BPI disclaims ever arguing that the 1973 agreements contain a non-compete provision or implied non-solicitation covenant. BPI maintains that it purchased “the exclusive rights to sell the Bars' product line in all countries (outside of the U.S. and Canada),” and Bars breached by selling automotive products abroad, whether labeled as “Bar's Leaks” or “Rislone,” and regardless of whether those products existed in 1973.
The district court instructed the jury that it could construe the contract as including either an agreement that limits competition or an implied non-solicitation covenant. The general verdict form, however, asked only whether “Bars breached an enforceable contract.”
“When one of several claims submitted to the jury should not have been submitted, ‘a general verdict ․ cannot stand.’ ” Doherty v. Am. Motors Corp., 728 F.2d 334, 344 (6th Cir. 1984) (quoting Morrissey v. Nat'l Maritime Union of Am., 544 F.2d 19, 26 (2d Cir. 1976)). Otherwise “[t]here is no way to know that the invalid claim ․ was not the sole basis for the verdict.” Id. (quoting United Pilots Ass'n v. Halecki, 358 U.S. 613, 619 (1959)). Accordingly, Bars is correct that if the district court erred in submitting to the jury either a non-competition or non-solicitation theory of liability, a new trial is warranted. See, e.g., Loesel v. City of Frankenmuth, 692 F.3d 452, 467–68 (6th Cir. 2012) (ordering a new trial where the jury instructions presented alternative theories of liability, one of which was not properly submitted, and the jury returned a general verdict in favor of plaintiff); Virtual Maint., Inc. v. Prime Comput., Inc., 11 F.3d 660, 667 (6th Cir. 1993) (same). We consider each theory in turn and conclude that the district court committed no error.
a. Non-Competition Theory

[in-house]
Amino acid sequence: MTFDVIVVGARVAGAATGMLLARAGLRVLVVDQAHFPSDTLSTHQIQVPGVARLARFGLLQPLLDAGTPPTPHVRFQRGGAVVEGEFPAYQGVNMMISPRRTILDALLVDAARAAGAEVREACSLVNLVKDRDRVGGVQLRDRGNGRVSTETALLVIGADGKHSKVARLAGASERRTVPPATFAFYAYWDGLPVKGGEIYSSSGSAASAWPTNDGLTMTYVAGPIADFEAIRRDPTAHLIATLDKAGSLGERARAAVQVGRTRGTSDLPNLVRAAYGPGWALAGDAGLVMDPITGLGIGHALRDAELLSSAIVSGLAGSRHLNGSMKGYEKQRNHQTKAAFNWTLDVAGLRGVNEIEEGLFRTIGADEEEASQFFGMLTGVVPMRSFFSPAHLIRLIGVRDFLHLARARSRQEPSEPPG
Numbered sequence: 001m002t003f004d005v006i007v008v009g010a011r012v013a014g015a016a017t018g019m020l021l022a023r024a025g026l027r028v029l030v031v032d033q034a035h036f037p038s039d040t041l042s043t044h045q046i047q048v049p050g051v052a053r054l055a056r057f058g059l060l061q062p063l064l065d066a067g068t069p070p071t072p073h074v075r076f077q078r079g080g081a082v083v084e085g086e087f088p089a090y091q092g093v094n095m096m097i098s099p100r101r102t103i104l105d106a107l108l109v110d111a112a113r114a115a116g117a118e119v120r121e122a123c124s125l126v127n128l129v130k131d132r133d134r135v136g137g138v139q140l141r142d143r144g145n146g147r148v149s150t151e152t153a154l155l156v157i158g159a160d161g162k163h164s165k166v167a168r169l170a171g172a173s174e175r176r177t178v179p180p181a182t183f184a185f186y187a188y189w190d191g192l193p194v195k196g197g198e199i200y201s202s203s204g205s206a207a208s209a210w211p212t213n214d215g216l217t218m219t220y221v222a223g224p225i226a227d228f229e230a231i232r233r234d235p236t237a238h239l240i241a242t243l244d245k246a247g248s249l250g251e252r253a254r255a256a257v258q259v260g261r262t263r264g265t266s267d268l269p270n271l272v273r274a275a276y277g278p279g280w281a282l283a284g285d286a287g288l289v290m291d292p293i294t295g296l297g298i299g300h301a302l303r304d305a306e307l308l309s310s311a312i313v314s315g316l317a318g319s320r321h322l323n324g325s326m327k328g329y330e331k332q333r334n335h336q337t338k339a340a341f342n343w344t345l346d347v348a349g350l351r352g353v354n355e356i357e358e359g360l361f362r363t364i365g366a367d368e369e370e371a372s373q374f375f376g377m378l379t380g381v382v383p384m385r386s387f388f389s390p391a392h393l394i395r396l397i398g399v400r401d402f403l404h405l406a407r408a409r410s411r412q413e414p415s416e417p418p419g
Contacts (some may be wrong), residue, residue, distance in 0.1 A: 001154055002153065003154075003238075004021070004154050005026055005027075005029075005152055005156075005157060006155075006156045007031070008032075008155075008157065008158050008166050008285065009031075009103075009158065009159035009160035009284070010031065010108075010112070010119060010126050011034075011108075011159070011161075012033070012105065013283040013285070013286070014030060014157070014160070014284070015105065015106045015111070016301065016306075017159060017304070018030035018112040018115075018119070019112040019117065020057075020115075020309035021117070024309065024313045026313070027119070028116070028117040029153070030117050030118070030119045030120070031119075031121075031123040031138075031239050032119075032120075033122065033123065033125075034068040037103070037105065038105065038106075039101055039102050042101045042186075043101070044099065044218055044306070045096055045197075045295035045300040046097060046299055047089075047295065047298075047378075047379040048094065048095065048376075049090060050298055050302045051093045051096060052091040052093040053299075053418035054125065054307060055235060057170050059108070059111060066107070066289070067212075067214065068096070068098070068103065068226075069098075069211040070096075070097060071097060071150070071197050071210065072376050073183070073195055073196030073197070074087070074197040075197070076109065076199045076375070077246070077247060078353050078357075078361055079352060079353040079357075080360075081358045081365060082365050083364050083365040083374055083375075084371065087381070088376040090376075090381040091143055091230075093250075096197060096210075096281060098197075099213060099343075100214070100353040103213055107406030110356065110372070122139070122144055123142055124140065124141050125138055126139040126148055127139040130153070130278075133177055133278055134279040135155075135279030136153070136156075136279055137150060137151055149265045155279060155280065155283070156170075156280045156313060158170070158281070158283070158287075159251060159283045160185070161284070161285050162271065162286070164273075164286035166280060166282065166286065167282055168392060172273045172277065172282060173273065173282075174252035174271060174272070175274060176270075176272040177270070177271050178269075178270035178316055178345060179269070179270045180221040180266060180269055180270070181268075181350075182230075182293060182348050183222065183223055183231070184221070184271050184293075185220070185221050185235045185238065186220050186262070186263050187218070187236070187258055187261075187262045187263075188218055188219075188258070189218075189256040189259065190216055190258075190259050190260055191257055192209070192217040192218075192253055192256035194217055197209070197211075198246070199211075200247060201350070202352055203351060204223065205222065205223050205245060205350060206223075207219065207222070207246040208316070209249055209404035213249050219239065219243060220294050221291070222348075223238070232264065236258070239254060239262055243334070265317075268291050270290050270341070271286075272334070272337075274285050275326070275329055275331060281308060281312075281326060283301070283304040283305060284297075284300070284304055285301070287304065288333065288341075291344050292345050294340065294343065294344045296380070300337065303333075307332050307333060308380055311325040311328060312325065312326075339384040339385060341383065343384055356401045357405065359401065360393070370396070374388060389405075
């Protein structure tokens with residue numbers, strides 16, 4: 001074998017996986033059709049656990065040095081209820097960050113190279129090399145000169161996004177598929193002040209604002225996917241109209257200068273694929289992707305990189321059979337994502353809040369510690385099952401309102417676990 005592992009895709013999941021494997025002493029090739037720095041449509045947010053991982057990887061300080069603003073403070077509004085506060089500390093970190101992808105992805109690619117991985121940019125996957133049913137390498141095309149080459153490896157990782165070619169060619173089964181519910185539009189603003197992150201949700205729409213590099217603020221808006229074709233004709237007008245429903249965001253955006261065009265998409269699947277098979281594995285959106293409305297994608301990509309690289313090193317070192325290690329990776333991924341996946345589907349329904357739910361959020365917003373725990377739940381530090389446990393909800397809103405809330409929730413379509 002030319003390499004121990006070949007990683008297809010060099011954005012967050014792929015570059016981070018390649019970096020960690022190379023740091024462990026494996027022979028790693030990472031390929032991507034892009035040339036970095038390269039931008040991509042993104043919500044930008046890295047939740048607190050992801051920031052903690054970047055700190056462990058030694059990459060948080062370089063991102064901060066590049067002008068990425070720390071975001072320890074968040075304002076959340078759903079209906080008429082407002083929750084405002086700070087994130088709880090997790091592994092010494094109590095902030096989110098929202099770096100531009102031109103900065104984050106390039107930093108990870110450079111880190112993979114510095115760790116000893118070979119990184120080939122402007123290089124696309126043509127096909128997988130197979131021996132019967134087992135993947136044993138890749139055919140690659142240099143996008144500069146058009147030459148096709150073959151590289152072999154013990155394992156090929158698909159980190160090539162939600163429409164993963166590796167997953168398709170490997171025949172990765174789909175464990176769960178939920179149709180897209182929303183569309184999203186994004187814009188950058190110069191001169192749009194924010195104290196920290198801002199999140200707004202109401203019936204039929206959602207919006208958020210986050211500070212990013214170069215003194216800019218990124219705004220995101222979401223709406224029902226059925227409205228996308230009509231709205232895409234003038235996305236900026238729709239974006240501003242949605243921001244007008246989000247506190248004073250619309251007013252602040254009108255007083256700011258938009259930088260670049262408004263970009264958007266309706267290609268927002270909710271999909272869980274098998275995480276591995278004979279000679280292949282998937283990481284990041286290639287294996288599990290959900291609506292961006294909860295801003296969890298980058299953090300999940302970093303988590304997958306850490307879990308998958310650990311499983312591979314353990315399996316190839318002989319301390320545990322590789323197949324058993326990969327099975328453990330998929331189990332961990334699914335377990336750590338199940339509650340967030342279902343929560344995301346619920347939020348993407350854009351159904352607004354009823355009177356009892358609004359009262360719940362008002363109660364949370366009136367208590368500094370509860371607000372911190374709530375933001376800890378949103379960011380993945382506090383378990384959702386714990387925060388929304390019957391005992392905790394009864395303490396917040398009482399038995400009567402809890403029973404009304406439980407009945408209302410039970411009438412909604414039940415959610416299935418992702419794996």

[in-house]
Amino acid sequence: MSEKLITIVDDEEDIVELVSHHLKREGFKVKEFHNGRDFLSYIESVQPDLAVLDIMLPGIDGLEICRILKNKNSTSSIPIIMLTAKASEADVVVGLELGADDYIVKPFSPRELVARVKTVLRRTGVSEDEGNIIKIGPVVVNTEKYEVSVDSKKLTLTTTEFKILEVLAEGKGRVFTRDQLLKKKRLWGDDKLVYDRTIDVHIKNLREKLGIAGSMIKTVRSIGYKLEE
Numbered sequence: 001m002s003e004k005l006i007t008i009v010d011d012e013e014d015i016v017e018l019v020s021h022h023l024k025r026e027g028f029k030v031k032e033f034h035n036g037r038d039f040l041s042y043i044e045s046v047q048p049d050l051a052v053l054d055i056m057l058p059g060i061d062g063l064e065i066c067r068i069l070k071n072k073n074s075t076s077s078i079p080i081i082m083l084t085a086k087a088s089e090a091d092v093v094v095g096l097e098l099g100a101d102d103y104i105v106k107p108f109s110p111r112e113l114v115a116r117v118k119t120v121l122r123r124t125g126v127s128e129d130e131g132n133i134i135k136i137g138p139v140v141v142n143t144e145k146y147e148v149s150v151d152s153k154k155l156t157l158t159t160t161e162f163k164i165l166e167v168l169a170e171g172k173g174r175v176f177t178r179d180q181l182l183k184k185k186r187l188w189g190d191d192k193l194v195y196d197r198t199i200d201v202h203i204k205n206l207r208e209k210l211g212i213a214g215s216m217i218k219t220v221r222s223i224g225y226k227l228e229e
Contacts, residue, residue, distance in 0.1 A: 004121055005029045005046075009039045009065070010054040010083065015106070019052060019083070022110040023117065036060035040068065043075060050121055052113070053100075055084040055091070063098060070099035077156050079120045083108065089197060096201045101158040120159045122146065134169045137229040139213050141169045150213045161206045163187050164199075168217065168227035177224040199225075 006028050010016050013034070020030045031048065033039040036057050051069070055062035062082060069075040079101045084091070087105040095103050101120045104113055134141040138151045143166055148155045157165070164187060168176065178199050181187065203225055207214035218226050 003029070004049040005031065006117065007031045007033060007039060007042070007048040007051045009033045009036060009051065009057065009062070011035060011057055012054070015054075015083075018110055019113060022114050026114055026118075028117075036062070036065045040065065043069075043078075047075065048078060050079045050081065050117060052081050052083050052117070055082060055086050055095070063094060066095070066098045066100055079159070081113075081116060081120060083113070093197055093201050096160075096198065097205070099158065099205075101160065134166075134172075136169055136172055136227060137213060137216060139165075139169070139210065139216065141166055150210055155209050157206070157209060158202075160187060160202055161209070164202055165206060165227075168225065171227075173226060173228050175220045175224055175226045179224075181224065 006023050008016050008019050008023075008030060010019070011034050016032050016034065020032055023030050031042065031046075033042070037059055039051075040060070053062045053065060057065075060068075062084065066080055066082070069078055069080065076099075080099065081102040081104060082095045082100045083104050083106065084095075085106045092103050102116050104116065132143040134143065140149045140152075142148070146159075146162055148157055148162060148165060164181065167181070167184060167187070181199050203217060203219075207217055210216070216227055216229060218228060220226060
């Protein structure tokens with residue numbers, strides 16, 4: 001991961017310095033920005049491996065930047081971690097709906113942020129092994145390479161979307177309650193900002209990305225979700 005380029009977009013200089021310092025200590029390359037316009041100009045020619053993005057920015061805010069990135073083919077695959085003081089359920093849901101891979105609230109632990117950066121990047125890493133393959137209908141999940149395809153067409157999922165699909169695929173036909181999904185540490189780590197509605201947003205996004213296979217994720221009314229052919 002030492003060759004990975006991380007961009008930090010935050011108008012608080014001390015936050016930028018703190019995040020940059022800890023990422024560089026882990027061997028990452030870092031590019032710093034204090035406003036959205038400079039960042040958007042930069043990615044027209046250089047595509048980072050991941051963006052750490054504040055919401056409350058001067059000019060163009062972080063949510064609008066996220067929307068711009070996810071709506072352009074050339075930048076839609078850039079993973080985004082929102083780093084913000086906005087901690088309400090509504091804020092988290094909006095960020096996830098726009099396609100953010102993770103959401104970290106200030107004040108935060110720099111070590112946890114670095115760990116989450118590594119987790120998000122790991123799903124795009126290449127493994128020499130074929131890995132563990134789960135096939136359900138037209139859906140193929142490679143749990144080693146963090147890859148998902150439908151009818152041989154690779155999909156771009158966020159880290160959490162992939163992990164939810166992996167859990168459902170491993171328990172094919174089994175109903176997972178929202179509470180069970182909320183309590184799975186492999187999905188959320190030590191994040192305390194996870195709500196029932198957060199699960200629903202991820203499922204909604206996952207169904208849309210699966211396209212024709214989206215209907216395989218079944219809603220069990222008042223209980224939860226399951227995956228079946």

Bars argues that in the absence of a non-compete provision in the 1973 agreements, BPI could have no tenable claim. According to Bars, non-compete agreements must be “expressly reserved in a contract,” and because the 1973 assignments did not do so, the district court ought to have ruled in favor of Bars on BPI's non-competition theory of breach.
Before addressing the merits, BPI suggests that Bars waived this argument by failing to object to the jury instructions. But because Bars argued that the agreements lack a non-compete agreement in multiple motions before the district court—including in its motion for judgment as a matter of law before the court gave the pertinent instructions—Bars preserved this argument for appeal. See K&T Enters., Inc. v. Zurich Ins. Co., 97 F.3d 171, 174–75 (6th Cir. 1996).
By framing our interpretative task narrowly—does the contract include an express non-competition provision—Bars invites the answer: clearly not. That, says BPI, is not the right question: The jury was not asked to find an express non-competition provision in the contract. The district court instructed the jury that it could find the parties to have “entered into an agreement that limit[s] competition.” The question then becomes: could the jury have construed the contract in a way that “limits competition.”
Contract interpretation is generally a question of law but becomes a question of fact if the contract language is ambiguous. Klapp v. United Ins. Grp. Agency, 663 N.W.2d 447, 453–54 (Mich. 2003) (citing Hewett Grocery Co. v. Biddle Purchasing Co., 286 N.W. 221 (Mich. 1939)). The initial ambiguity determination is a question of law that we review de novo. Id. at 451 (citing Farm Bureau Mut. Ins. Co. v. Nikkel, 596 N.W.2d 915 (Mich. 1999)). A contract is ambiguous “if the language is susceptible to two or more reasonable interpretations.” City of Wyandotte v. Consol. Rail Corp., 262 F.3d 581, 585 (6th Cir. 2001) (quoting D'Avanzo v. Wise & Marsac, P.C., 565 N.W.2d 915, 918 (Mich. Ct. App. 1997)). Only if the trial court finds textual ambiguity should it allow the fact-finder to consider extrinsic evidence such as the “the parties' conduct, the statements of its representatives, and past practice.” Klapp, 663 N.W.2d at 454 (quoting Penzien v. Dielectric Prods. Eng'g Co., 132 N.W.2d 130, 132 (Mich. 1965)).
At the outset, Bars faults the district court for allowing course-of-conduct evidence before finding the agreements ambiguous. The district court did err in this regard: the court instructed the jury that it could “consider the conduct of the parties” only if it “find[s] the contract is ambiguous.” Although the court's instruction correctly states the trigger for allowing extrinsic evidence, it gets the actor wrong: the judge, not the jury, should make a finding of ambiguity. See, e.g., Klapp, 663 N.W.2d at 451, 454. Nonetheless, “we will not set aside a jury verdict on the basis of a technically faulty jury instruction when the error is harmless.” Bridgeport Music, Inc. v. UMG Recordings, Inc., 585 F.3d 267, 274 (6th Cir. 2009) (citing Barnes v. Owens-Corning Fiberglas Corp., 201 F.3d 815, 822 (6th Cir. 2000)).